“I am an acoustic musician, that’s where my sensibilities lie,” Leslie says, explaining how he came from a folk, acoustic and roots background. “It took me at least two years to build my own nest in Fairport, to make my own space on stage,” he adds, “I was trying to cross the bridge between what was in the repertoire when I joined while letting my own sensibilities come to the fore as time went on,” he said, reflecting on how, at first, he used an electric bouzouki as that ‘bridge’ between the old and new before reverting to purely acoustic instruments.
“What was great about being in the band was that they let me develop exactly as I wanted to. Nobody ever said you have to sound like this. In many ways that’s the strength of Fairport. It’s always been a moveable feast with whoever is in the band at the time. It’s never become a karaoke of itself.”
Manning the mandolin
When Dave Pegg called him in December 1996 and asked him to join the band his first question was, ‘What will I do?’ At that time he was known primarily as a fiddle player and he knew that, in Ric Sanders, Fairport already had one. Pegg told him to play the mandolin.
“I had been in a mandolin quartet with Simon Mayor,” he explains, and had replaced his early budget mandolin with a 1920 Gibson A4 J series which he found in a Hexham fiddle shop.
“Also, just before that phone call, I was in the instrument tent at a festival and picked up this Fylde bouzouki, strummed it and just loved the sound of it.” He bought it, little knowing that he would be stepping into something where the bouzouki would become more important as his role within the band developed.
“Twenty years on and I’ve played a lot of mandolin in that time,” he says, although his fiddle still comes out of the case for several tunes he duets on with Ric. During those 20 years Leslie has also taken on a lot of the vocal duties, contributing his lyric tenor to many songs and becoming the band’s lead songwriter.
“My first composition as a member of the band was John Gaudie. I actually wrote it when I was in Whippersnapper, but it transferred very well into the Fairport sound.”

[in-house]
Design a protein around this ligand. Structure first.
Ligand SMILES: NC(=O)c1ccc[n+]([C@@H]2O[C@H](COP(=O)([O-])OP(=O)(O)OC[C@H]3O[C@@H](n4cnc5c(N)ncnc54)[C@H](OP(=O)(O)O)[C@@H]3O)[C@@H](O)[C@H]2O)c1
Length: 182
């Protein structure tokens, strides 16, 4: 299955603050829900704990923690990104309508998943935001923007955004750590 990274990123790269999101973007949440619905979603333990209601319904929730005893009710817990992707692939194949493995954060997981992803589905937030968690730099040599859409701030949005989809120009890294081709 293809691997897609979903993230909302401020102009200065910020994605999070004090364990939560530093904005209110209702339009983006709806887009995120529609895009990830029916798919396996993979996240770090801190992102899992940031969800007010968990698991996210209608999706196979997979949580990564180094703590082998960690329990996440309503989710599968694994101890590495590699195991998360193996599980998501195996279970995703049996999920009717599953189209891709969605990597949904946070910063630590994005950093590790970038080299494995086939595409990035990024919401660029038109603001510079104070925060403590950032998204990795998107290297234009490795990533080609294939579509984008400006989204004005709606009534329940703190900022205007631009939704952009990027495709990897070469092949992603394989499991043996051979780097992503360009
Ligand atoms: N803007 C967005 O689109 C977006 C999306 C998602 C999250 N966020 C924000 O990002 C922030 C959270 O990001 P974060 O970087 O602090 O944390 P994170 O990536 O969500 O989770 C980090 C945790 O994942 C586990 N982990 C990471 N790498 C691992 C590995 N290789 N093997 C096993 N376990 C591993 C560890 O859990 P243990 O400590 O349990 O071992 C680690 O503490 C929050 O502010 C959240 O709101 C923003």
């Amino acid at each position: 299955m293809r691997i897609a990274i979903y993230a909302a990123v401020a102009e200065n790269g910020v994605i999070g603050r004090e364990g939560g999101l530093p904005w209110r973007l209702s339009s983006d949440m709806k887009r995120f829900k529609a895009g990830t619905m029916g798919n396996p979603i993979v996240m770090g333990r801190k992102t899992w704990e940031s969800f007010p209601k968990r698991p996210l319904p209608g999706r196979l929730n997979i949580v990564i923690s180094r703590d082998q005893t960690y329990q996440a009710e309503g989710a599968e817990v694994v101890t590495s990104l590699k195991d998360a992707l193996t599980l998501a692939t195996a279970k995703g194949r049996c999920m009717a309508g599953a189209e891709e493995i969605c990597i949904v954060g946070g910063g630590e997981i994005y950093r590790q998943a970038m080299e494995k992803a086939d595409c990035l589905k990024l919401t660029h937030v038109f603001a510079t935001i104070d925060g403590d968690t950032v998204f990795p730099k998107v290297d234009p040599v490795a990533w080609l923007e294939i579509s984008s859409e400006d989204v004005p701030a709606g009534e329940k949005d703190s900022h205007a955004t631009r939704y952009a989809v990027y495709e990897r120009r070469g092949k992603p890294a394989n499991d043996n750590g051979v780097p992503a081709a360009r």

Leslie currently uses an Ozark 2246 guitar-bodied bouzouki and a 1968 Gibson F12, both equipped with Fishman pickups, together with his vintage mandolins and Fylde bouzouki. He favours Elixir strings on the mandolins, but Picato on the bouzoukis with everything going to the desk via an Orchard DI.
Last to arrive at Woodworm is Dave Pegg. Although not quite an original member, having joined at the end of 1969, he has been the one continuum in the band, keeping it together in its various forms and being instrumental in the continuing success of the Cropredy Festival.
Best known for his electric bass playing, currently with a fan-fretted Ibanez SRFF805, he is also a mean mandolin player and owns a stunning 1918 Gibson which, not surprisingly, never leaves the house. On stage he usually uses his Eastman. He also has quite a collection of acoustic basses.
“Rob Armstrong built my first four-string acoustic bass guitar. That one is unbelievable. I go to quite a few acoustic sessions in Brittany, where I live, and I take that and it competes with banjos, whistles and pipes even.” He continues the band’s association with Ozark basses and bouzoukis.
In 2014 Dave had most of the musicians at that year’s Fairport’s Cropredy Convention sign a prototype Ozark acoustic bass, which was then sold in aid of the Katherine House Hospice in Adderbury.
Pegg is currently gathering autographs on another Ozark and should be playing it when Fairport Acoustic play their 20-minute set that will open this year’s Fairport’s Cropredy Convention on 11 August. After too brief a chat, Pegg had to get back to the editing coalface and I left Woodworm to the sound of Robert Plant, another guest on the new album.
Fairport Convention’s 50th anniversary album - 50:50@50 - is out now and Fairport’s Cropredy Convention is on the 11, 12 and 13 August 2017.